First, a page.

How to Dominate Your Fantasy Football Superflex Leagues
This isn't how it used to be.
In today's fantasy football world, waiting to draft a quarterback is commonplace. You probably do it. Your friends do it. Everyone does it.
In 2012, that wasn't the case.
This isn't how it used to be.
Just six years ago, five quarterbacks were being selected in the first round and a half of fantasy football drafts. Yes, that's for real. The 12th quarterback that season, Jay Cutler, was falling off draft boards in the seventh round.
Your leaguemates might laugh at you for drafting a non-elite passer in the seventh round these days.
Sometimes I think I got lucky by publishing an e-book titled The Late-Round Quarterback after the 2011 season, right before the big quarterback average draft position spike. But then I quickly remember that there's math and logic behind drafting your quarterback late in fantasy football. It really wasn't a situation of fortune as much as it was a situation of market exploitation.
Because of the way quarterbacks are viewed in fantasy football now, superflex leagues -- and two-quarterback leagues -- are becoming more and more popular. If you're unfamiliar with the superflex format, it's one that has your typical fantasy football lineup, but there's an additional flex spot where you use a second quarterback. Since passers score the most points in the game, putting one in that lineup slot makes the most sense.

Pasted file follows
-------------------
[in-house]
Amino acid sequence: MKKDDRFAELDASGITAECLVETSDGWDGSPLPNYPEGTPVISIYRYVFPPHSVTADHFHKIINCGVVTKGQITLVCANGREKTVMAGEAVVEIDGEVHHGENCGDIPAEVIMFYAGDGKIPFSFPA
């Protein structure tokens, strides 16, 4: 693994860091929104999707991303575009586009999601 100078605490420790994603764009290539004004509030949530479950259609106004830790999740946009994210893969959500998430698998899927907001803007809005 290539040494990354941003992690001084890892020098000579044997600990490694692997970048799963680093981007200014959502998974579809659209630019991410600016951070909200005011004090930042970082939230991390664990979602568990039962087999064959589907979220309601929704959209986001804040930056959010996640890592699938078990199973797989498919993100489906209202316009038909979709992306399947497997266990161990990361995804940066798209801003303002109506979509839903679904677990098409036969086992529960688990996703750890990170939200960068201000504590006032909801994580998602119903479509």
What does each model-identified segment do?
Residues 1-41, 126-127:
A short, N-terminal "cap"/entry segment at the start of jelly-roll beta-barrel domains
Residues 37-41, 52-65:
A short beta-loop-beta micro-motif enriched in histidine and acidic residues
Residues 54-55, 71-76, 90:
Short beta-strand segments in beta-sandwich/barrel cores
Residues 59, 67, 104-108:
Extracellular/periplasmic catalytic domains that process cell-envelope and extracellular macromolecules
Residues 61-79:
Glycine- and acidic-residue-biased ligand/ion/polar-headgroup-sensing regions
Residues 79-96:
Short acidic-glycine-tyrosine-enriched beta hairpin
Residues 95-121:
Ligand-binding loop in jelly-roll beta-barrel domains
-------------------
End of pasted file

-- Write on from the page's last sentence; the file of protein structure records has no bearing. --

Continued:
And this completely changes your approach to a fantasy football draft.
Understanding the Late-Round Quarterback Approach
The only way to grasp why your draft strategy alters in a superflex league is first to understand the value of a quarterback in the standard single-passer format. Without a comparison, you can't fully comprehend the change.
The late-round quarterback strategy essentially breaks down into four main concepts: supply and demand, opportunity cost, predictability, and scoring variance. Let's dig into these ideas, one by one, without feeling like we're in a boring college lecture.
Supply and Demand
I was born in the '80s and spent my childhood in the '90s, so my hobbies growing up included playing with Pogs, collecting PokÃ©mon cards, and resetting people's Tamagotchis because I was a horrible human being.
I also played a lot of street hockey. And, oftentimes, I'd play goalie. Not always by choice, though.